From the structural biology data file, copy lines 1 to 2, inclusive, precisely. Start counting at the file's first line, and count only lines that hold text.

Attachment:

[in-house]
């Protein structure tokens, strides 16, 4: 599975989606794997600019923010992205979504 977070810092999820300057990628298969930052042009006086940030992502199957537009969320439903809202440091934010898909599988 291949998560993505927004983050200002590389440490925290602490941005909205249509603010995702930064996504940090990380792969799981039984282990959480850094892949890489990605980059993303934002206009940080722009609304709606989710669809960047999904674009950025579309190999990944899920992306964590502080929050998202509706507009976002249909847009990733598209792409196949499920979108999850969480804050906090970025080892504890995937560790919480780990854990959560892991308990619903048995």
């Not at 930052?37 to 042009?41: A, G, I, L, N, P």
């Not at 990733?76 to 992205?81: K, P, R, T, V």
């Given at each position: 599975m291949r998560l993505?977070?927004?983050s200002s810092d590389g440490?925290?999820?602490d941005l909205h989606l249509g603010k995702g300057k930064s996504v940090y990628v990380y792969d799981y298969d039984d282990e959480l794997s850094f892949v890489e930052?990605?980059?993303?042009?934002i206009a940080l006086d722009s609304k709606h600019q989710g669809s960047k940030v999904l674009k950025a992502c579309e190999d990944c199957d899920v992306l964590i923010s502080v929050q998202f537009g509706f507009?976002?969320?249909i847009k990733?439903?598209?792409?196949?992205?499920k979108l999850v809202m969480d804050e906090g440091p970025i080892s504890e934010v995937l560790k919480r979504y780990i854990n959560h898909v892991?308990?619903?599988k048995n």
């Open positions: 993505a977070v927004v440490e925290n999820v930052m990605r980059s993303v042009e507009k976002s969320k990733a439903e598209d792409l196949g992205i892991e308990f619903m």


[in-house]
């Protein structure tokens, strides 16, 4: 599975989606794997600019923010992205979504 977070810092999820300057990628298969930052042009006086940030992502199957537009969320439903809202440091934010898909599988 291949998560993505927004983050200002590389440490925290602490941005909205249509603010995702930064996504940090990380792969799981039984282990959480850094892949890489990605980059993303934002206009940080722009609304709606989710669809960047999904674009950025579309190999990944899920992306964590502080929050998202509706507009976002249909847009990733598209792409196949499920979108999850969480804050906090970025080892504890995937560790919480780990854990959560892991308990619903048995």